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Is my coppa going bad?  RSS feed

 
Bernie Ross
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Hi.   I'm a beginner at this, having cured a guanciale (pork) cheek, with success, now trying a coppa (pork shoulder). 

I've read that while white mould is OK during the drying process,  black mould isn't, and you should chuck it. 

I have some whitish mould spots, some blue/grey, and some dark brown/black.    It's been drying for 15 days, and has lost around 22% of its original weight.

Photo attached.    Do I have to throw it away?  Or is this OK ?

Thanks!

- Bernie
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r ranson
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White mould is expected and encouraged.  Not sure about the blue stuff.  Black definitely bad. 

How does it smell?
 
Bernie Ross
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Yup.  That's what I've heard.    It smells fine.    The black bits are small spots - quite a few of them.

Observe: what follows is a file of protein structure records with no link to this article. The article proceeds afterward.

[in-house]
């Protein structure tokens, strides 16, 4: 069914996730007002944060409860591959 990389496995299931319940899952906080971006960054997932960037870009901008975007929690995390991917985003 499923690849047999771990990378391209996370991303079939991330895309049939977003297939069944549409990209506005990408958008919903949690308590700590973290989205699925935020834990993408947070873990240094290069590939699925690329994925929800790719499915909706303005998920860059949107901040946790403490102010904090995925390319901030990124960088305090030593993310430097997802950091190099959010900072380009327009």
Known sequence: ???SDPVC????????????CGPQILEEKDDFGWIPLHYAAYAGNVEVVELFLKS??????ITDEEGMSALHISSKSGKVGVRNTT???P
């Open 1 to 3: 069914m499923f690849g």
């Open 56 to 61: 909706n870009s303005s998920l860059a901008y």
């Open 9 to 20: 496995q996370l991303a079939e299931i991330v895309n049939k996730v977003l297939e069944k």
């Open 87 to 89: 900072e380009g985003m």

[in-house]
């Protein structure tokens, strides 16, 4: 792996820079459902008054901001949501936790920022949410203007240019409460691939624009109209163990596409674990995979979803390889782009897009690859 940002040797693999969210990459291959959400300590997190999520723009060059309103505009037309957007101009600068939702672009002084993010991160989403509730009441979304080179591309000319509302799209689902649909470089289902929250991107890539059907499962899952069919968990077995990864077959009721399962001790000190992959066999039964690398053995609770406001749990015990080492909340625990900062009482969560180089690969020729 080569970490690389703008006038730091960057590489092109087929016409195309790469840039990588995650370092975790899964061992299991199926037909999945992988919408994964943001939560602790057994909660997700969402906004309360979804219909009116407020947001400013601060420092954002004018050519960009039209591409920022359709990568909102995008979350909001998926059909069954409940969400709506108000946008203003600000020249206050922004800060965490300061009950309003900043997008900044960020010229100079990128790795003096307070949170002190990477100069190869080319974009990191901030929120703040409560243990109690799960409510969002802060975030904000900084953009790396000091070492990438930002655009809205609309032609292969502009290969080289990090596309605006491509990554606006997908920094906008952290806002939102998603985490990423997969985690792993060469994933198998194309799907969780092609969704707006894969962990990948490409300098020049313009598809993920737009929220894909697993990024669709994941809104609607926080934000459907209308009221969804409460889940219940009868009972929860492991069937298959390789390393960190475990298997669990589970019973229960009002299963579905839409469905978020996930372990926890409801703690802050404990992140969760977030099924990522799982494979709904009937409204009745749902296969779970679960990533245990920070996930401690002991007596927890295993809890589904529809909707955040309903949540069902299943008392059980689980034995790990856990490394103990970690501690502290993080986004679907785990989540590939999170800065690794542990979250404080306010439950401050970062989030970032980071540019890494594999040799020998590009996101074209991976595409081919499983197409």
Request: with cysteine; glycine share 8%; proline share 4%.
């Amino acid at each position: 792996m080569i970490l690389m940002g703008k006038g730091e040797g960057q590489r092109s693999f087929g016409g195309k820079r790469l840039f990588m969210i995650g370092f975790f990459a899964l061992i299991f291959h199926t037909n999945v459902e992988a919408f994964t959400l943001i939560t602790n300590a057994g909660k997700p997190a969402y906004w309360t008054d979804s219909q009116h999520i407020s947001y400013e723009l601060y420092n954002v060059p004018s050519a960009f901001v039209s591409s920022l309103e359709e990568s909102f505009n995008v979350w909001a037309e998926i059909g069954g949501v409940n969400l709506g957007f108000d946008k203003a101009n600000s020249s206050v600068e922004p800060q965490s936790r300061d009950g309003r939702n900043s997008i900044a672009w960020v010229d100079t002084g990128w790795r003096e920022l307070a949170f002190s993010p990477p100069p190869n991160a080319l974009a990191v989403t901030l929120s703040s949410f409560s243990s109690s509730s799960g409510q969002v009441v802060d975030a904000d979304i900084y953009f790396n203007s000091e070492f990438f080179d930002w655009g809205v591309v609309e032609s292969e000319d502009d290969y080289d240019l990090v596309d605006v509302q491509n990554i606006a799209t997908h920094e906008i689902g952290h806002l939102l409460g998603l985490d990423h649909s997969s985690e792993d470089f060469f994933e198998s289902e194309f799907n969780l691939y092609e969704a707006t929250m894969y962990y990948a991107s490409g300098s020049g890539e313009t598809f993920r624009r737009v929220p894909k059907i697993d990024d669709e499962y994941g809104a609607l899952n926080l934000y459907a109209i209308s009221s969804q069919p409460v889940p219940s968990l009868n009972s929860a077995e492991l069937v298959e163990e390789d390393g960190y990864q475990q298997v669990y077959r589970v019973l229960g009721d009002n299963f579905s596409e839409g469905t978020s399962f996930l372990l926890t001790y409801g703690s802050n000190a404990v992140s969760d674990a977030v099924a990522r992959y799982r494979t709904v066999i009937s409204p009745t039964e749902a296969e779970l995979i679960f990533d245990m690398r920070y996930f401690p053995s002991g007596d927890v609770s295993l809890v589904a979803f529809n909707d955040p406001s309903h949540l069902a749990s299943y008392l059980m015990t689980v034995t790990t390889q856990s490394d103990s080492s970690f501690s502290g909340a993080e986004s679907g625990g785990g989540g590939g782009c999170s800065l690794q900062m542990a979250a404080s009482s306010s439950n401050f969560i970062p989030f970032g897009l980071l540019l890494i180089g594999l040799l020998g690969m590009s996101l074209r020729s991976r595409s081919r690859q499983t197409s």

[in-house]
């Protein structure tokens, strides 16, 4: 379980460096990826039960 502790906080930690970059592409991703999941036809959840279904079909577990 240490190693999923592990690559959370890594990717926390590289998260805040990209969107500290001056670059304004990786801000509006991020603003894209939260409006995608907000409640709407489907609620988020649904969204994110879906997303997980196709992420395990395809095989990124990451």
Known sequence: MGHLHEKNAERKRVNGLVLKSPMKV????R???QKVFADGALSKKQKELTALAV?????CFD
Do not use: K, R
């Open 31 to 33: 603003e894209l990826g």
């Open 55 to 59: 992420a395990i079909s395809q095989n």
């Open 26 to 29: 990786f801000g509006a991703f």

I've given it a wash in vinegar and will see how things develop.    I'll finish the drying process and get someone with a better nose than me to give it a good smell before trying it.    I think if it's gone bad, it will be obvious - unless someone more knowledgeable than me tells me otherwise. 

- Bernie
 
Jason Learned
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Maybe try washing it with brine? They do that with cheese.

Good luck,

Jason

 
Irene Kightley
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It looks very damp to me.

To save it, I'd wash it in vinegar the rub some alcohol over it, scraping the mould off with your fingernail or a knife, more alcohol then pepper it to absorb as much moisture as possible, rub the pepper in well into all the bumps and open areas.

Hang it somewhere dry but open to moving air and if that place becomes humid, move the copa. Keep your eye on it all the time.

This is one of ours, notice how much pepper there is and how the string is pulled really tight to keep the copa solid.

It's a shame to waste it, but don't hesitate to get rid of it if black mould takes over. Good luck.

 
Bryant RedHawk
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are you trying to air dry it or did you salt it first? Where I live I can't get temps down low enough for air curing only, I have to salt cure.

air dry curing needs temps in the low 40's to work correctly.

 
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